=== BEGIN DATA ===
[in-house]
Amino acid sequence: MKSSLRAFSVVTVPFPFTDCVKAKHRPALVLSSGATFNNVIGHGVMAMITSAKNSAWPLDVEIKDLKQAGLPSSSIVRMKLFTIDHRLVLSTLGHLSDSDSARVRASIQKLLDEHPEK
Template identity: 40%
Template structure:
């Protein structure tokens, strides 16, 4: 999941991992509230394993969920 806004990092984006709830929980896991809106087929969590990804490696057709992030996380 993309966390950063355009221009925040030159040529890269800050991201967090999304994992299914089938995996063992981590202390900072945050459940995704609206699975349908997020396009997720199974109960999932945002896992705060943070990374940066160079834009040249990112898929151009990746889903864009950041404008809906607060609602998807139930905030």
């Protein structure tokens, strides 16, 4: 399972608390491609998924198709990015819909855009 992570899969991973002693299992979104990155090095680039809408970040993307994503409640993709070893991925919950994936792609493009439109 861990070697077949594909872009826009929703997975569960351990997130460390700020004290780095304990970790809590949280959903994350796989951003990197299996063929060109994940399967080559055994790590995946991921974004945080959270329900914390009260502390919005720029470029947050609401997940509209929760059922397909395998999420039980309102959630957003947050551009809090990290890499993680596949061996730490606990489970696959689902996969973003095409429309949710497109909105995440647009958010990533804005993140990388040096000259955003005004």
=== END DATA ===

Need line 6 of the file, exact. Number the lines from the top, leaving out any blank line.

């Protein structure tokens, strides 16, 4: 399972608390491609998924198709990015819909855009 992570899969991973002693299992979104990155090095680039809408970040993307994503409640993709070893991925919950994936792609493009439109 861990070697077949594909872009826009929703997975569960351990997130460390700020004290780095304990970790809590949280959903994350796989951003990197299996063929060109994940399967080559055994790590995946991921974004945080959270329900914390009260502390919005720029470029947050609401997940509209929760059922397909395998999420039980309102959630957003947050551009809090990290890499993680596949061996730490606990489970696959689902996969973003095409429309949710497109909105995440647009958010990533804005993140990388040096000259955003005004």